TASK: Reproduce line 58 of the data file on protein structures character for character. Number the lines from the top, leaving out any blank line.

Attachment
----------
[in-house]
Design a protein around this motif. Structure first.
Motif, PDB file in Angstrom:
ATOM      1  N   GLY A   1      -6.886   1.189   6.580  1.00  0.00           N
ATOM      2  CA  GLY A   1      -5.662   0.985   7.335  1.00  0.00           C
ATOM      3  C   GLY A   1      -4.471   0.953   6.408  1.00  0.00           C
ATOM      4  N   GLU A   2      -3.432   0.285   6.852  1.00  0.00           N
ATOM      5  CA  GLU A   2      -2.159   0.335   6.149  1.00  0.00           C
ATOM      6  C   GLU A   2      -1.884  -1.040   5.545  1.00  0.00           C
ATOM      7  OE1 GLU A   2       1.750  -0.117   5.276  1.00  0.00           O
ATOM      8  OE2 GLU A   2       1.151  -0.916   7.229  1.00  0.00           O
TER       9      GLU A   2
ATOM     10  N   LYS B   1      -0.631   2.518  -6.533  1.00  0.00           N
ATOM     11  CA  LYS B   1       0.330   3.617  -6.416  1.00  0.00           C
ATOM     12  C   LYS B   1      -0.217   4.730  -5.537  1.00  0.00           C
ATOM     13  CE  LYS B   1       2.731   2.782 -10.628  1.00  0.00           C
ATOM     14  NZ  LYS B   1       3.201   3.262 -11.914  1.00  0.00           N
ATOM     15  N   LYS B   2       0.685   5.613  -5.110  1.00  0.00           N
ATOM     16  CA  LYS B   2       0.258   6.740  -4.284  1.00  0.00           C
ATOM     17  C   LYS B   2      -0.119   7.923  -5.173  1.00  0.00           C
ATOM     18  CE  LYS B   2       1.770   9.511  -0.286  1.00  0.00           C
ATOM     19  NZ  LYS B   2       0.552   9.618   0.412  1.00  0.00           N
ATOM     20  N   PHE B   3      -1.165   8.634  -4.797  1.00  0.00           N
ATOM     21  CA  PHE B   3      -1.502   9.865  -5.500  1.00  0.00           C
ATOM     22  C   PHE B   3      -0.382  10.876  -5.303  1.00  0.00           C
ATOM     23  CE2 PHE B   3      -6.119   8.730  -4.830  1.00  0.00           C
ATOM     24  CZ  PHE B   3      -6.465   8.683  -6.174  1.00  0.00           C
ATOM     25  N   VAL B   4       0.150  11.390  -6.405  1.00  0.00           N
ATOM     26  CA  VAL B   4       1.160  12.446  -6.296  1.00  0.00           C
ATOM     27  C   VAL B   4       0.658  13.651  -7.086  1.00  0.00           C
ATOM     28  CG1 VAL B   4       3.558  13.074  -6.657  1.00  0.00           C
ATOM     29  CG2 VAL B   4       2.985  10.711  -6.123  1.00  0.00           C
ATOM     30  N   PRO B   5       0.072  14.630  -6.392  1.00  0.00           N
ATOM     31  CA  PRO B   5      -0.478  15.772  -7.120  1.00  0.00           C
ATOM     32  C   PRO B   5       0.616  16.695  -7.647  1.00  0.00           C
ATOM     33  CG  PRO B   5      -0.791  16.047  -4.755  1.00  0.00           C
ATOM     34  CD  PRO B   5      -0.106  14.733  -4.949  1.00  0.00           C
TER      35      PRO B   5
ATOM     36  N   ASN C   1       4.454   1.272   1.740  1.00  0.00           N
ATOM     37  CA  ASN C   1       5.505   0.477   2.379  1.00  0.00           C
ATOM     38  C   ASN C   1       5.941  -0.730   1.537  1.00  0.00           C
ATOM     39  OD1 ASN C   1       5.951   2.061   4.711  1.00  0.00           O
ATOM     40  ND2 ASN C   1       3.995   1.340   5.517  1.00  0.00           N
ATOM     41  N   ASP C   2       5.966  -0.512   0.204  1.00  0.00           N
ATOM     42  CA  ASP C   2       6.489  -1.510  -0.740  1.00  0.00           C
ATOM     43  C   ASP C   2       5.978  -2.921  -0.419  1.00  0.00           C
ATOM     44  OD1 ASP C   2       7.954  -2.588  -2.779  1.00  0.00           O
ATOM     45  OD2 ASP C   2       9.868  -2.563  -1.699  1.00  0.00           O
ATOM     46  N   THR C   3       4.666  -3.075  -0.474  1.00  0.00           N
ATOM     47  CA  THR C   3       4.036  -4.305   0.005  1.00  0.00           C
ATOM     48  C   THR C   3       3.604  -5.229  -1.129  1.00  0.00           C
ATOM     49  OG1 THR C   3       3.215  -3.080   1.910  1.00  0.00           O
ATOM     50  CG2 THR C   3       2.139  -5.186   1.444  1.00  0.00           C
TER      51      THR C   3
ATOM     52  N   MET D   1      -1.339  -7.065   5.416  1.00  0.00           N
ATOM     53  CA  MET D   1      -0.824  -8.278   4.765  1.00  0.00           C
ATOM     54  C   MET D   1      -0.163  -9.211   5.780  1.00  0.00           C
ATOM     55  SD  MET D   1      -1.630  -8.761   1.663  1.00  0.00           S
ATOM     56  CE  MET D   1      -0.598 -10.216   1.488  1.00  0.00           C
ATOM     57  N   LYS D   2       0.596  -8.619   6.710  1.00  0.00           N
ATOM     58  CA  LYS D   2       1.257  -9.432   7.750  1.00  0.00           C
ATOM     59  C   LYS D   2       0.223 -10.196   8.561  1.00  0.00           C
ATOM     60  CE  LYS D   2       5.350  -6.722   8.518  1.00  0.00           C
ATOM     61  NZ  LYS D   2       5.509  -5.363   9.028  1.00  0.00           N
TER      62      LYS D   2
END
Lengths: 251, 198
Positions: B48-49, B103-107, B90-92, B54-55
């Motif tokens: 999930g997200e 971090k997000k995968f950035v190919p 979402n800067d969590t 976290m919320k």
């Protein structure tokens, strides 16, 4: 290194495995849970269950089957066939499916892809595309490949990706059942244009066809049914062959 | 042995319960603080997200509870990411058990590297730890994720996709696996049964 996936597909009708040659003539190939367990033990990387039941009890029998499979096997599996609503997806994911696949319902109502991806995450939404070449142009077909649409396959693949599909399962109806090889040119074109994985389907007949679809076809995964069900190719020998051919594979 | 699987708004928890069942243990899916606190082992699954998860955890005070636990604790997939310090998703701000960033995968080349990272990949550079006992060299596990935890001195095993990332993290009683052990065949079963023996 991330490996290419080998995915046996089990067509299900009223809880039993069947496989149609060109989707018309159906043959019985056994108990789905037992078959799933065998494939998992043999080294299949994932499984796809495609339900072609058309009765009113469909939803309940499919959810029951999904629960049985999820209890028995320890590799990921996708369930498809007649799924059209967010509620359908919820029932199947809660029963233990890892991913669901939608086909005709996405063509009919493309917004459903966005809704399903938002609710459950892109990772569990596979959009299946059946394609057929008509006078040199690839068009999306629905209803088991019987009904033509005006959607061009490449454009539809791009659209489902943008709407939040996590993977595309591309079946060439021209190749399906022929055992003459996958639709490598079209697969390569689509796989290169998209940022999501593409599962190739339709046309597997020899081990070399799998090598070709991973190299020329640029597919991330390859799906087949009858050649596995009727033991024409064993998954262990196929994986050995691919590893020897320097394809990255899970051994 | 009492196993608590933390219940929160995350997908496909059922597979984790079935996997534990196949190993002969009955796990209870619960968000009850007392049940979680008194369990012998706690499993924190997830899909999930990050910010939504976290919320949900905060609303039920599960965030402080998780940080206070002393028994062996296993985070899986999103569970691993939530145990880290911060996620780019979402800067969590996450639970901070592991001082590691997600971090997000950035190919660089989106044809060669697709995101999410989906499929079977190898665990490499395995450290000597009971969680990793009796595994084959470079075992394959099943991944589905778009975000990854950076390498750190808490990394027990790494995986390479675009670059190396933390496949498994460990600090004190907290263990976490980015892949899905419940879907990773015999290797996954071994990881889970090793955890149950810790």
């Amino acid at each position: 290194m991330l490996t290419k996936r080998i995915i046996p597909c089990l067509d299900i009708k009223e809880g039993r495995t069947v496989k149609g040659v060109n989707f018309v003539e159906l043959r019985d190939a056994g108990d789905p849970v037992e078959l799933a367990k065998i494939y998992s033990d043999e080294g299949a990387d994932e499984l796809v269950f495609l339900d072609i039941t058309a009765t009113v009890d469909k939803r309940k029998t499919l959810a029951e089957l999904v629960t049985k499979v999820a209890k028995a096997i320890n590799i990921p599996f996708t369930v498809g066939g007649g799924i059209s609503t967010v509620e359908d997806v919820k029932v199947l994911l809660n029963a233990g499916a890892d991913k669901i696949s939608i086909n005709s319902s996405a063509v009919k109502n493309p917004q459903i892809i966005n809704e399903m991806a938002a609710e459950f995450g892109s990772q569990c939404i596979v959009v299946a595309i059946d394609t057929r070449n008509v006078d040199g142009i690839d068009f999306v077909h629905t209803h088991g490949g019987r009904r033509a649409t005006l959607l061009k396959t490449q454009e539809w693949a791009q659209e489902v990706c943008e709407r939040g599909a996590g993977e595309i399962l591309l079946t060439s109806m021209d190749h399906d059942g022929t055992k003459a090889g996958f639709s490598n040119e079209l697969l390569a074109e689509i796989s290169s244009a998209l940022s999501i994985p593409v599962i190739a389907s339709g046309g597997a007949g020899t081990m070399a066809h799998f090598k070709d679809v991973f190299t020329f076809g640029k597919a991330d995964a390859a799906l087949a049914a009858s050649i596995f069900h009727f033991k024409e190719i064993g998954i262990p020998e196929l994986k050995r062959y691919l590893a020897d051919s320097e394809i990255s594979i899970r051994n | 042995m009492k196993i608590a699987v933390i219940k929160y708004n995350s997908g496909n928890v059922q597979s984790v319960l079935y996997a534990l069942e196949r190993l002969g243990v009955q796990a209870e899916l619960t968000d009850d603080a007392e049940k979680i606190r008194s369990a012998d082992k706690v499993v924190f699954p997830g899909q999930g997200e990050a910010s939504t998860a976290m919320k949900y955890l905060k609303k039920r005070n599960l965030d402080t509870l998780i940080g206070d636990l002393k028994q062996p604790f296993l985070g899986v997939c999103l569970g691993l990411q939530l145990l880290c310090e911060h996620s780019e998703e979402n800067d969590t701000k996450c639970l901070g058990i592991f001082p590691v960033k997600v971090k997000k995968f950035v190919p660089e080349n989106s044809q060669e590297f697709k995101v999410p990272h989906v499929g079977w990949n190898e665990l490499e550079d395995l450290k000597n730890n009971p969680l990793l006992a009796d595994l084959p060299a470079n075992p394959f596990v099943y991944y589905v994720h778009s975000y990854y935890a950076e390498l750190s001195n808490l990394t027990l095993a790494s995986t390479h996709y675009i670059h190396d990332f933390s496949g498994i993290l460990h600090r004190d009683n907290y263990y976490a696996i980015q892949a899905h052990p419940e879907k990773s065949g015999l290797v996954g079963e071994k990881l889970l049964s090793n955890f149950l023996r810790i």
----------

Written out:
ATOM     55  SD  MET D   1      -1.630  -8.761   1.663  1.00  0.00           S